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Agnostic KWIK learning and e cient approximate ... · PDF file Agnostic KWIK learning For nite horizon learning problems, it is even possible to construct model-free e cient RL algorithms

Oct 08, 2020




  • JMLR: Workshop and Conference Proceedings 19 (2011) 739–772 24th Annual Conference on Learning Theory

    Agnostic KWIK learning and efficient approximate reinforcement learning

    István Szita [email protected] Csaba Szepesvári [email protected] Department of Computing Science

    University of Alberta, Canada

    Editor: Sham Kakade, Ulrike von Luxburg


    A popular approach in reinforcement learning is to use a model-based algorithm, i.e., an algorithm that utilizes a model learner to learn an approximate model to the environment. It has been shown that such a model-based learner is efficient if the model learner is efficient in the so-called “knows what it knows” (KWIK) framework. A major limitation of the standard KWIK framework is that, by its very definition, it covers only the case when the (model) learner can represent the actual environment with no errors. In this paper, we study the agnostic KWIK learning model, where we relax this assumption by allowing nonzero approximation errors. We show that with the new definition an efficient model learner still leads to an efficient reinforcement learning algorithm. At the same time, though, we find that learning within the new framework can be substantially slower as compared to the standard framework, even in the case of simple learning problems.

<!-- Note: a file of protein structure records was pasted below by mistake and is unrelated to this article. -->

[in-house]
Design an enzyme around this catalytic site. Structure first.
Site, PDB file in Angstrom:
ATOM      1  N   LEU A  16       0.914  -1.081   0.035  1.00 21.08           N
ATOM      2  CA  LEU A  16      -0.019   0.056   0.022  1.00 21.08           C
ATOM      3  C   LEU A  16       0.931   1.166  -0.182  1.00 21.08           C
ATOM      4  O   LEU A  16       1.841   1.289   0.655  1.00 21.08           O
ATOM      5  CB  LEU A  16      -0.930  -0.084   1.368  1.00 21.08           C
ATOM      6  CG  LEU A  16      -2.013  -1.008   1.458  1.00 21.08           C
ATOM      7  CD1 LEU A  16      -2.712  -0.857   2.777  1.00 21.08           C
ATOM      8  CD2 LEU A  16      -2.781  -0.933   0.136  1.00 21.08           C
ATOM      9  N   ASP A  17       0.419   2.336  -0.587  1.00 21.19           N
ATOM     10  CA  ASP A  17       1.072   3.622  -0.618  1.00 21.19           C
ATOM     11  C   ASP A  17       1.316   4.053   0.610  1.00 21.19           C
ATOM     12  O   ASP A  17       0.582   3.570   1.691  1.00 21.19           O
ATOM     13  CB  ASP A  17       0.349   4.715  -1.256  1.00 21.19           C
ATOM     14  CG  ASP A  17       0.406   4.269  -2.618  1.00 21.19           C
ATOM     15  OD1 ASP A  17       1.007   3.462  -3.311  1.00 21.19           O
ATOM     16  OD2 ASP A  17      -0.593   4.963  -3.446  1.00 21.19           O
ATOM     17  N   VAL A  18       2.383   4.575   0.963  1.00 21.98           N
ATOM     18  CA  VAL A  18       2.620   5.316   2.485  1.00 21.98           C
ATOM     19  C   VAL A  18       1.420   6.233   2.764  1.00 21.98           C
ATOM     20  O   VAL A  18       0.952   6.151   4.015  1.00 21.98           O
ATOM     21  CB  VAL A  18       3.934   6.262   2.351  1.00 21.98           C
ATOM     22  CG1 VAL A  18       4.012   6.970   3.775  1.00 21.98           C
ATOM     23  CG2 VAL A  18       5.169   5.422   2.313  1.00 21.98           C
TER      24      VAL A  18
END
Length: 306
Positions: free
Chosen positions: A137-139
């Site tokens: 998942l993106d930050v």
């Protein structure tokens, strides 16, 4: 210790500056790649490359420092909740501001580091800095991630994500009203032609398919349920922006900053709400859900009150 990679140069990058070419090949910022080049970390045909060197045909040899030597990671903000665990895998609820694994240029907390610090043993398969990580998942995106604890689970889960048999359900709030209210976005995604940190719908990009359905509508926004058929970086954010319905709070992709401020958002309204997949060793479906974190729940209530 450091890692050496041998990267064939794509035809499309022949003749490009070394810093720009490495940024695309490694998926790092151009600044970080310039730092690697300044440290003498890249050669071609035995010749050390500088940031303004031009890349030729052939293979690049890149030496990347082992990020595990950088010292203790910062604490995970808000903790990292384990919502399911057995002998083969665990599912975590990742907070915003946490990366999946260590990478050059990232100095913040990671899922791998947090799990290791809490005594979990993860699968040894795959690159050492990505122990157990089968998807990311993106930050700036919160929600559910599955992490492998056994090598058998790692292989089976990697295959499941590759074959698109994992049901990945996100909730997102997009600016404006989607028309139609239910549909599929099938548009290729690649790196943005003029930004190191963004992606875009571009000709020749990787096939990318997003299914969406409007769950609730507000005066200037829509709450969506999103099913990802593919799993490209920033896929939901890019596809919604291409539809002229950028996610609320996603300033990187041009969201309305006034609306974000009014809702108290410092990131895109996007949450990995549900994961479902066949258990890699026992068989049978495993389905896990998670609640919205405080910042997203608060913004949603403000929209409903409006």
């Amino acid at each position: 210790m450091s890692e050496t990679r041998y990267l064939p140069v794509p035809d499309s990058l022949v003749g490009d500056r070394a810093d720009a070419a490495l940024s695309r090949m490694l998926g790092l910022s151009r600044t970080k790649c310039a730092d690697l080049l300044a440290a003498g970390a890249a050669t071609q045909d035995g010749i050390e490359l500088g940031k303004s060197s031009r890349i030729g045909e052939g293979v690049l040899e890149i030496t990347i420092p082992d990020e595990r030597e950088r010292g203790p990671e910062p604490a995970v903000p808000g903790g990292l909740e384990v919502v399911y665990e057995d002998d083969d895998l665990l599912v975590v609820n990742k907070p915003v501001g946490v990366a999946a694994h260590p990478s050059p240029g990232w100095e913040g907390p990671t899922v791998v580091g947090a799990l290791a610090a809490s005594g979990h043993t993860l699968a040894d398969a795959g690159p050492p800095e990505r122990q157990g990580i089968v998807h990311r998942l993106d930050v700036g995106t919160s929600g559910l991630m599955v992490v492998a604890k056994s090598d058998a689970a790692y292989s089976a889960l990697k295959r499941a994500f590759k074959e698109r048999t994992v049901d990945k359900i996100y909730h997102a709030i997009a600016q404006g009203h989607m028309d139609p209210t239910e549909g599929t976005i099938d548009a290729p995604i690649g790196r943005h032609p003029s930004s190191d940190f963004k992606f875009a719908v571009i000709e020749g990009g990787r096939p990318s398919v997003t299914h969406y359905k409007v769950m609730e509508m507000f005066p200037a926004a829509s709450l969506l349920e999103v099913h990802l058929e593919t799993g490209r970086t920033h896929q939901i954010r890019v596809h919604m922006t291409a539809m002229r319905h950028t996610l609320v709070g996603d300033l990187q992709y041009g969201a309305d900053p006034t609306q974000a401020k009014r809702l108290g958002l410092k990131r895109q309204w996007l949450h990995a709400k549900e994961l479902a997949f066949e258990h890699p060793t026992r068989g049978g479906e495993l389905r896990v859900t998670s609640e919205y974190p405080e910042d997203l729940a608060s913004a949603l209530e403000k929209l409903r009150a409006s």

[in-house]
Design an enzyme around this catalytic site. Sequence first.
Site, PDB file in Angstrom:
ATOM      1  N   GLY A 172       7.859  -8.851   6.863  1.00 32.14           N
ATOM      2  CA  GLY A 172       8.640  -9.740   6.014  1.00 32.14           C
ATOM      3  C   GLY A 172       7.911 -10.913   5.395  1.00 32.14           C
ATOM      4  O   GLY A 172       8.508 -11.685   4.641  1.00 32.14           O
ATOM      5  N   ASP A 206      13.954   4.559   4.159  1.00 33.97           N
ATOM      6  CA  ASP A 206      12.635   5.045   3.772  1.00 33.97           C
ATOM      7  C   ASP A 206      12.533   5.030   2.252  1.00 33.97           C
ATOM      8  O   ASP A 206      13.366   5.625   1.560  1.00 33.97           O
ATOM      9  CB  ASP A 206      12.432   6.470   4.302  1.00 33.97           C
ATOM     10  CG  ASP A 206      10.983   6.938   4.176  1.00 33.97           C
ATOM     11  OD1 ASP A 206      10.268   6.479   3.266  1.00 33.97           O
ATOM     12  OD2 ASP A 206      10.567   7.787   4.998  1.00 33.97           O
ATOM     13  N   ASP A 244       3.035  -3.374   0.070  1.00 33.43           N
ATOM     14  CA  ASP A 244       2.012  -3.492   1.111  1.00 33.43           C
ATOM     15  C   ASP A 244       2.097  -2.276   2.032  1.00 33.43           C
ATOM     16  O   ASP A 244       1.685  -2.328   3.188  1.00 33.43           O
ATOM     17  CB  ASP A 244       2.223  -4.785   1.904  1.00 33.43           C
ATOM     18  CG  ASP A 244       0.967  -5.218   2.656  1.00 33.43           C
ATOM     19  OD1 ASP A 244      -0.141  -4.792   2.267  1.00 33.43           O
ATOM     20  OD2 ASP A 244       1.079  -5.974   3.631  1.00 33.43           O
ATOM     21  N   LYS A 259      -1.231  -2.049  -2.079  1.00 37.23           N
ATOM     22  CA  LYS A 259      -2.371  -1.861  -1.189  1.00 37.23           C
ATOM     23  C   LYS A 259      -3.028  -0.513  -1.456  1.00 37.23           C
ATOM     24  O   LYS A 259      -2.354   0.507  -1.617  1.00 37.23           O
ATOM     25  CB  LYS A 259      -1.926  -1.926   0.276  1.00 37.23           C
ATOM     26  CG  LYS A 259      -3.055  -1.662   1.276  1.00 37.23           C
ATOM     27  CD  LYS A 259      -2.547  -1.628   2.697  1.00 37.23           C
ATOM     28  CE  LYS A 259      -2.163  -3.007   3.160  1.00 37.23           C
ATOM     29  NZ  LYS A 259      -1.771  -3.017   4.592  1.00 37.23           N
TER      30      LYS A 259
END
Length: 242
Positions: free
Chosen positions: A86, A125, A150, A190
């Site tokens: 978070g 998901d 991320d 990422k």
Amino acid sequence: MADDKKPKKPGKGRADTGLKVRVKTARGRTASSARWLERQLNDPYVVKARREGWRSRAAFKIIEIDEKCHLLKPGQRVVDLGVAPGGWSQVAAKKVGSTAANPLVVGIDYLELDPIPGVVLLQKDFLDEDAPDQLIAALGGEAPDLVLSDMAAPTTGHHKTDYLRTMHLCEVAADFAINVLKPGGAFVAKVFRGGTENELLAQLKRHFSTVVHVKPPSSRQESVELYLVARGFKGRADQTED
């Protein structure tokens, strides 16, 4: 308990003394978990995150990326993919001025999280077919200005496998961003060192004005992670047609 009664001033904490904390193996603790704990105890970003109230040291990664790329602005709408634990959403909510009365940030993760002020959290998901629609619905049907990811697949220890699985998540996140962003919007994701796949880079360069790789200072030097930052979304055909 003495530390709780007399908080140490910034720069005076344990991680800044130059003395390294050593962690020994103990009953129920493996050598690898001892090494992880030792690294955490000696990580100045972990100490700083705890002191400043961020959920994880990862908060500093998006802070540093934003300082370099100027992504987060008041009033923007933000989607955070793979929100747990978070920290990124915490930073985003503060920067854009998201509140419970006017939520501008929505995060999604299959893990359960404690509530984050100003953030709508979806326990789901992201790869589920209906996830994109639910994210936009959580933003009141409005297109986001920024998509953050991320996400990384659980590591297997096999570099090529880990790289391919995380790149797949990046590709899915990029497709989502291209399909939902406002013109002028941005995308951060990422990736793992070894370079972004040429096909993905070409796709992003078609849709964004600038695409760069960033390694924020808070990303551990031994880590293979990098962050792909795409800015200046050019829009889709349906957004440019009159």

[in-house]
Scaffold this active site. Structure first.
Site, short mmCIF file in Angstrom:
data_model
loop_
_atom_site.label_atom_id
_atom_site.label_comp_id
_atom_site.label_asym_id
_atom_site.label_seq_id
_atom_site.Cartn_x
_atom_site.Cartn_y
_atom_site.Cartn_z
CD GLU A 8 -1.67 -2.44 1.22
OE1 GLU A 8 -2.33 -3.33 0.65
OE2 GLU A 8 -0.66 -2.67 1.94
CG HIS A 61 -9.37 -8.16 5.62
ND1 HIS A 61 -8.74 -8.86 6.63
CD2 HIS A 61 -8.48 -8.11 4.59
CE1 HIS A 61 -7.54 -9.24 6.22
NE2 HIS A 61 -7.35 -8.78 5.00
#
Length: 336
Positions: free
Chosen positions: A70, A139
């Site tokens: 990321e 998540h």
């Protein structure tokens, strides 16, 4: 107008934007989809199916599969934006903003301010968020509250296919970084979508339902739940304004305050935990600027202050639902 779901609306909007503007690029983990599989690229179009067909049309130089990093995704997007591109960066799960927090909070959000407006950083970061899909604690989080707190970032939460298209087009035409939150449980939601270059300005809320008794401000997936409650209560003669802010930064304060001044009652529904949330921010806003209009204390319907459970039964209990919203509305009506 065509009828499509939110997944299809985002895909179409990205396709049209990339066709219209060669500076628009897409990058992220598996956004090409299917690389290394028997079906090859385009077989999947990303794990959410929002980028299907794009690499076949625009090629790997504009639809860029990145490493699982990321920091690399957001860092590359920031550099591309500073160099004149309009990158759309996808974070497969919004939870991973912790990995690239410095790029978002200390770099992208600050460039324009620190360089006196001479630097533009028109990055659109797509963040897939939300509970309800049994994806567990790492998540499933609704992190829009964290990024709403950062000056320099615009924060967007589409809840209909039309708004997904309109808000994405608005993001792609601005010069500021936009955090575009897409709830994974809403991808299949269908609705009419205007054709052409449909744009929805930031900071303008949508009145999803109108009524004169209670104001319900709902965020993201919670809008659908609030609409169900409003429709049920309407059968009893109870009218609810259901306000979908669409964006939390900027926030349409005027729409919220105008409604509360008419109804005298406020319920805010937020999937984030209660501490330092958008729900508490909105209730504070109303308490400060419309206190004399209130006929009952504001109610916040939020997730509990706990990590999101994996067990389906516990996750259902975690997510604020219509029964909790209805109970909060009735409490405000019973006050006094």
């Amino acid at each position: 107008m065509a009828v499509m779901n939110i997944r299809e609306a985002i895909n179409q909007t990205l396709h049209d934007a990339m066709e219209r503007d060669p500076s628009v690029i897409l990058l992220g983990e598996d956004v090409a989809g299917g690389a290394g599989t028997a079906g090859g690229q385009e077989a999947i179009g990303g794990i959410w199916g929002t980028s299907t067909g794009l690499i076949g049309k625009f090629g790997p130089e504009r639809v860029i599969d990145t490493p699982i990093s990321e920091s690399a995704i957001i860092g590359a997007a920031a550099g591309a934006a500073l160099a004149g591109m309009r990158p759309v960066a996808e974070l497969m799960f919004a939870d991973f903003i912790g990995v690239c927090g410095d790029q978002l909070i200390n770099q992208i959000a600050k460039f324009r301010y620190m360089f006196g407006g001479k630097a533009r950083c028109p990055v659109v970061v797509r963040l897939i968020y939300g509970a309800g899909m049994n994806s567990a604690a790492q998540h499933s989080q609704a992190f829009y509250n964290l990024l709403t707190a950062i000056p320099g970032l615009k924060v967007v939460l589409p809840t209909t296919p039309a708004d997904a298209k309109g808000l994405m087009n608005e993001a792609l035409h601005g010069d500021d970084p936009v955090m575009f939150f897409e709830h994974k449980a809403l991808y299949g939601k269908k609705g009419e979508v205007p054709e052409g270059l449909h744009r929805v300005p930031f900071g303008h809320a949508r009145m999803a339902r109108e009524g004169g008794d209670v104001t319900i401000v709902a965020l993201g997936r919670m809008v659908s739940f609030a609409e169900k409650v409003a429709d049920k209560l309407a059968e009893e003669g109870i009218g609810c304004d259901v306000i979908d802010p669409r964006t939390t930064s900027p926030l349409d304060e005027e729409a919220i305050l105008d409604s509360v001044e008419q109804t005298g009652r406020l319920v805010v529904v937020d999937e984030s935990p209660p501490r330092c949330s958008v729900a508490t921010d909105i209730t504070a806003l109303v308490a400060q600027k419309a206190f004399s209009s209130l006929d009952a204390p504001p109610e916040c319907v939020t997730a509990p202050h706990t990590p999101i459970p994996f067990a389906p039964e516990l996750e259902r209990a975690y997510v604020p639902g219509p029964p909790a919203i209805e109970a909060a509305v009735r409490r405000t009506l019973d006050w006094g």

Keywords: KWIK learning, agnostic learning, reinforcement learning, PAC-MDP

    1. Introduction